There is a 548-foot-long crack in the floor of the Tate Modern Museum and for six months it has been pissing people off.
When I went to the Tate last January, I glanced at the crack from the atrium and thought, "Oh, a crack. It's big. Moving on."
When I went back last week, there wasn't much else for me to see since I'm not on friendly terms with Marcel Duchamp, the main exhibit, and I'd seen most of the rest. The crack it would be!
The crack is called Shibboleth and was made by a Colombian woman named Doris Salcedo. It starts small before it grows and splits into jagged sections like bolts of lightning.
I had a moment while staring into one of the bigger chasms where I felt like I was in a plane and looking into canyon and I wondered how Doris did that. Just as quickly I decided I didn't care, that it was more interesting to see its effect on people than understand the mechanics.
Most people were walking slowly, peering in, or zigzagging so that they had to keep stepping over the crack. Kids were by far the most enthusiastic zigzaggers.
Do you remember being engrossed by walking down a sidewalk, avoiding all the cracks so as not to break your mother's back?
For kids this crack, at places three feet deep and ten inches wide, would be the HOLY JACKPOT of making sure you were careful. Not only would you eff your mother up if you stepped on it but you'd hurt yourself.
Which, apparently, an old lady did shortly after the opening of Shibboleth. Her tumble prompted the flyers posted about which essentially said PLEASE BE AWARE THAT THERE IS A HUGE CRACK ALL OVER THE FLOOR - WATCH YOUR STEP and editorial comments from people like, "I can't believe people who went to look at a crack in the floor, and presumably therefore knew it was there, went on to fall into it."
All I can say is that once I went to an art opening with Lukas in Brooklyn and SOMEONE who may have been a little tipsy almost spilled red wine on one of the pieces. Accidents happen.
The controversy over the crack is predictable. That's not art. How many taxpayer dollars did this cost us? My kid knows how to dig a hole, too.
Yeah, but can your kid enter into a discourse on how the hole is an expression of a poor migrant's experience in a rich western capital? Has your kid tried to symbolize racial division and segregation lately? I DIDN'T THINK SO.
Yes, once you start talking about art you enter the danger zone of pretension. The language surrounding art can sometimes be too much to handle. Sometimes I hang onto every word and sometimes I plug my ears and say la-la-la and just use my eyes because I can't take the attitude. But I liked the crack; It was causing a reaction. It was performance art, the performances being given by those who went to see it and who wrote letters to the Guardian and the Times and the Telegraph about how they felt about it.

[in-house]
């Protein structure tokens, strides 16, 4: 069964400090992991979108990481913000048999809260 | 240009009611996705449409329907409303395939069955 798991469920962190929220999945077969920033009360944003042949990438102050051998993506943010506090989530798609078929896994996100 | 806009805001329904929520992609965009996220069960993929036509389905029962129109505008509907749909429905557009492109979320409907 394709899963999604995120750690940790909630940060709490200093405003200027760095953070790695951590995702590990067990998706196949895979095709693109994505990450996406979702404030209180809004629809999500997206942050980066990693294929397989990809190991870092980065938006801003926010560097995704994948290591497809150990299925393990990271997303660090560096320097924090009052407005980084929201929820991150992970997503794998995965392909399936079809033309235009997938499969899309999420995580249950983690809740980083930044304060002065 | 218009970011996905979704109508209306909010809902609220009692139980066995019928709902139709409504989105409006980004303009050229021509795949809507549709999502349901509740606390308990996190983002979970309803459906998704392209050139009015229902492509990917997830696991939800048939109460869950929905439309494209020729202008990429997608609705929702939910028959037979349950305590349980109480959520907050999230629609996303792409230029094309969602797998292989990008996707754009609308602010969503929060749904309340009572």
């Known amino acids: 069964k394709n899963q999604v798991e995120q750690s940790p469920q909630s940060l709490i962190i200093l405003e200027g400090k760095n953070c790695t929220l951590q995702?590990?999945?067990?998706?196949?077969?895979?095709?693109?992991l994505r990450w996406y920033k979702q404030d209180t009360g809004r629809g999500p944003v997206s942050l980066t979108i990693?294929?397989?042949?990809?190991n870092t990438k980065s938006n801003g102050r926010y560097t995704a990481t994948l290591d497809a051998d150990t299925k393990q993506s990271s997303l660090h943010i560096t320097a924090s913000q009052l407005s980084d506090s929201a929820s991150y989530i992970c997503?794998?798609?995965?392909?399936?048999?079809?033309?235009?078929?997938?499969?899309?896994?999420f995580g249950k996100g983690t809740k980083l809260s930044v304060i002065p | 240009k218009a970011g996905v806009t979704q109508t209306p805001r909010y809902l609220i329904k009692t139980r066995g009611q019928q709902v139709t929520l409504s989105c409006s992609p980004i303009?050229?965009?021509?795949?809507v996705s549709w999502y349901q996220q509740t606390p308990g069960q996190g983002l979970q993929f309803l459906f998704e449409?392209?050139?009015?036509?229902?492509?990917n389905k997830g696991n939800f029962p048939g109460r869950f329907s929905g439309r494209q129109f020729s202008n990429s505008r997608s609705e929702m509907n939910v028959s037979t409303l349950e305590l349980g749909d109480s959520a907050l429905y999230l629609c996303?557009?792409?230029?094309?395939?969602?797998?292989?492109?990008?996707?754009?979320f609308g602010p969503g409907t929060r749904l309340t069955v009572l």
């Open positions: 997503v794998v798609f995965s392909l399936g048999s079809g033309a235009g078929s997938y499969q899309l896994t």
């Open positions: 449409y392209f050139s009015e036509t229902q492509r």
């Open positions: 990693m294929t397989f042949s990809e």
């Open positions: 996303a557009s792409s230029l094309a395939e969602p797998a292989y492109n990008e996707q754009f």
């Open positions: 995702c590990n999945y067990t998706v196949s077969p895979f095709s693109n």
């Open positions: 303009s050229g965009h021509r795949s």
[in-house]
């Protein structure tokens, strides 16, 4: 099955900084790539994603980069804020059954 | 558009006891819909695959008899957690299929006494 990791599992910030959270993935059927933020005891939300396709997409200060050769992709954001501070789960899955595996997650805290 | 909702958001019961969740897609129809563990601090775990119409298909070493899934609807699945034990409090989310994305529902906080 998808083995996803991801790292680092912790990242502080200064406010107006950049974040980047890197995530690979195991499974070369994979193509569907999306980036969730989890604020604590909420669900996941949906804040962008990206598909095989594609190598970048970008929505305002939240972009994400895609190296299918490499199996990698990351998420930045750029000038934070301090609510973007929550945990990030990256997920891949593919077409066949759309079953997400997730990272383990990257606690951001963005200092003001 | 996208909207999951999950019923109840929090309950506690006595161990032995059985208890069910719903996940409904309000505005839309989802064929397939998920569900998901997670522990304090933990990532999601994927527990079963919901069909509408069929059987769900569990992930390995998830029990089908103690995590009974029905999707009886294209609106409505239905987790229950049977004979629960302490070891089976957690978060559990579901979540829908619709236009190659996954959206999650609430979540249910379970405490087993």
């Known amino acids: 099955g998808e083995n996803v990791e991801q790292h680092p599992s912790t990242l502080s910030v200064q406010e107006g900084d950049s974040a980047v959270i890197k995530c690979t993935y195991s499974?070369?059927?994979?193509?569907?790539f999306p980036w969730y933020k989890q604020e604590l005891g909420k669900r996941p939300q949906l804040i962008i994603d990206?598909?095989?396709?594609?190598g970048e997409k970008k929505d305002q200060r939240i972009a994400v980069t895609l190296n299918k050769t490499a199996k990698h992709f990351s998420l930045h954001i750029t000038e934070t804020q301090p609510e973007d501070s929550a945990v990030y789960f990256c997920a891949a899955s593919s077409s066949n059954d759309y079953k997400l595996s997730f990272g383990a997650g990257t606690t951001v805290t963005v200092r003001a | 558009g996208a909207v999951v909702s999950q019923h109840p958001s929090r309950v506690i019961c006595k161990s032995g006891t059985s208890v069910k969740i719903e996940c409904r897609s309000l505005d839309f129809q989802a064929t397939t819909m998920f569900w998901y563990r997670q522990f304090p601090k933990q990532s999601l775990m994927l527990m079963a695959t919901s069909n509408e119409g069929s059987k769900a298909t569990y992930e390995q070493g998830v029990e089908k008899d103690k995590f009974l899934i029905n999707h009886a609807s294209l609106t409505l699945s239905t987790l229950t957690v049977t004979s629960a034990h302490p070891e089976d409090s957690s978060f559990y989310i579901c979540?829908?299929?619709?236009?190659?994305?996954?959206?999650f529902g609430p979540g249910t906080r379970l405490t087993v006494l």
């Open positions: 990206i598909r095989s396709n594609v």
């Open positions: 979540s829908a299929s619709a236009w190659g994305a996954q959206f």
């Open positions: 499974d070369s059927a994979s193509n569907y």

As for taxpaying dollars, it cost 23,000 pounds to ship the crack to London from Colombia. That is a lot of money. But I bet that if people looked closely at any national budget there would be a LOT more to get upset about than 23,000 pounds spent on something that might be making you think.
It's not like, killing you or an innocent person in, I don't know, the Middle East.
Maybe budgets for art should be respected anywhere that values spirit and invention and tolerance and the kind of disagreement that happens when people do something unexpected. Or should art just be about making pretty stuff?
One negative comment made about the crack that I did relate to was from a man named Bob in Manchester who saw people were on the other side of the room looking at normal little cracks in the floor, going, "ooh", "wow", "amazing". Ha!
Yeah, people, you don't have to prove how much you get something. Don't shit yourself in the process of being amazed. Just let it sink in.
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I have mixed feelings on the crack. I saw it on October and wasn't sure how I was supposed to respond to it. So I walked away and stared at the big spider outside instead. Then I got scared and crossed the Millennium bridge, which was also a scary experience. Dammit.
I think not knowing how to respond to a crack in the floor is an honest response. more honest than having a hissy fit or oohing/aahing without thinking about it.
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